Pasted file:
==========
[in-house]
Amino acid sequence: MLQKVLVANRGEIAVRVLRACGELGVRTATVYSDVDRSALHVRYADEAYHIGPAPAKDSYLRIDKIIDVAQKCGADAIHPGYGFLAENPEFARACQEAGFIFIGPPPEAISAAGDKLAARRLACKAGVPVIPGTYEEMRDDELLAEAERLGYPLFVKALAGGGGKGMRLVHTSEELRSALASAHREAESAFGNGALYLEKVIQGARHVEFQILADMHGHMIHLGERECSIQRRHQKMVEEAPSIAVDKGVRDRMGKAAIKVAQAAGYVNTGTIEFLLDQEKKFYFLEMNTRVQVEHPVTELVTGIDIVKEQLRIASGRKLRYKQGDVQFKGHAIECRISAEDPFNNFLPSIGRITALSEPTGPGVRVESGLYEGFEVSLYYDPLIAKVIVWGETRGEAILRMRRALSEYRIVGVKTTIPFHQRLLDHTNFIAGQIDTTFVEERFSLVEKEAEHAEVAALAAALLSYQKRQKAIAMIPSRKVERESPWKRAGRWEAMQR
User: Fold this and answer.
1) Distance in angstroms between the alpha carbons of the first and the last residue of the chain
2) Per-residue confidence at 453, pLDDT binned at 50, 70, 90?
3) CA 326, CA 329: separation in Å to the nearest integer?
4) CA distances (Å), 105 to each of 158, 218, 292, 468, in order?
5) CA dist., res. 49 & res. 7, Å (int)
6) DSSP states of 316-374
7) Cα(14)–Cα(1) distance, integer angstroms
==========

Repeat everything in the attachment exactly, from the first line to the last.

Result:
[in-house]
Amino acid sequence: MLQKVLVANRGEIAVRVLRACGELGVRTATVYSDVDRSALHVRYADEAYHIGPAPAKDSYLRIDKIIDVAQKCGADAIHPGYGFLAENPEFARACQEAGFIFIGPPPEAISAAGDKLAARRLACKAGVPVIPGTYEEMRDDELLAEAERLGYPLFVKALAGGGGKGMRLVHTSEELRSALASAHREAESAFGNGALYLEKVIQGARHVEFQILADMHGHMIHLGERECSIQRRHQKMVEEAPSIAVDKGVRDRMGKAAIKVAQAAGYVNTGTIEFLLDQEKKFYFLEMNTRVQVEHPVTELVTGIDIVKEQLRIASGRKLRYKQGDVQFKGHAIECRISAEDPFNNFLPSIGRITALSEPTGPGVRVESGLYEGFEVSLYYDPLIAKVIVWGETRGEAILRMRRALSEYRIVGVKTTIPFHQRLLDHTNFIAGQIDTTFVEERFSLVEKEAEHAEVAALAAALLSYQKRQKAIAMIPSRKVERESPWKRAGRWEAMQR
User: Fold this and answer.
1) Distance in angstroms between the alpha carbons of the first and the last residue of the chain
2) Per-residue confidence at 453, pLDDT binned at 50, 70, 90?
3) CA 326, CA 329: separation in Å to the nearest integer?
4) CA distances (Å), 105 to each of 158, 218, 292, 468, in order?
5) CA dist., res. 49 & res. 7, Å (int)
6) DSSP states of 316-374
7) Cα(14)–Cα(1) distance, integer angstroms